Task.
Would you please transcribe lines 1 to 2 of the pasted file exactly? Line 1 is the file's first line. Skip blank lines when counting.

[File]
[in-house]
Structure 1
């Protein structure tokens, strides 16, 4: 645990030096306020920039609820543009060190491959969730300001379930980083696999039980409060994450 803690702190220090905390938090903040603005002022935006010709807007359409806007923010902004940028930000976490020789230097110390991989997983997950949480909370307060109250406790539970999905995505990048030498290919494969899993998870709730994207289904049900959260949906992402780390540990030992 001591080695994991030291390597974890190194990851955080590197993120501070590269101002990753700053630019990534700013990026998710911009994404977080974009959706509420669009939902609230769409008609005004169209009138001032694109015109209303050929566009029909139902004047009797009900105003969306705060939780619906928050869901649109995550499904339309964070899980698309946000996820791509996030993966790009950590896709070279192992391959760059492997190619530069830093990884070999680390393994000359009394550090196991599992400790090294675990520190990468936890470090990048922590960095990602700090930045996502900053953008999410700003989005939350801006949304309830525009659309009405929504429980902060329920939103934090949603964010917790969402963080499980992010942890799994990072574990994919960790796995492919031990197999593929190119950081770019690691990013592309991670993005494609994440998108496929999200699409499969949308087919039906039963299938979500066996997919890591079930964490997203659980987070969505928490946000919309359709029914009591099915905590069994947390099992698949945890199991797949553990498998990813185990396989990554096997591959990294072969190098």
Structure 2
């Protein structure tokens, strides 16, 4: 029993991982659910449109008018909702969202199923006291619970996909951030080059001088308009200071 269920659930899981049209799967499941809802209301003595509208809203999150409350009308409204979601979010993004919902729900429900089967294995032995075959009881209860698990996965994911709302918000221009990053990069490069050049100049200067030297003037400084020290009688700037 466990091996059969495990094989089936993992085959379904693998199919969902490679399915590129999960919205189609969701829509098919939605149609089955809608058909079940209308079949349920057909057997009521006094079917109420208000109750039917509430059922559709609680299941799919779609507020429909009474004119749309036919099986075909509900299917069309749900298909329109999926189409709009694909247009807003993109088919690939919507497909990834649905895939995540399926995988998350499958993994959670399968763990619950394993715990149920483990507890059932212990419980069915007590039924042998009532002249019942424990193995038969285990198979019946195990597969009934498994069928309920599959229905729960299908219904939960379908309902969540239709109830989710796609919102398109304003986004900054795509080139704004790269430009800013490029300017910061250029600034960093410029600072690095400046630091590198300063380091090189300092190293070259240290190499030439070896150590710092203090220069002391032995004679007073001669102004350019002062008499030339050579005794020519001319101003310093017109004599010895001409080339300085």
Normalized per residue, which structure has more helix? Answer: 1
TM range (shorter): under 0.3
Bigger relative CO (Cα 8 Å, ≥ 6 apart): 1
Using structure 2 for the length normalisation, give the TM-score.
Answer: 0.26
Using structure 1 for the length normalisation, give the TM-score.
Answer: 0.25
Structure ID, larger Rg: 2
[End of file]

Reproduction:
[in-house]
Structure 1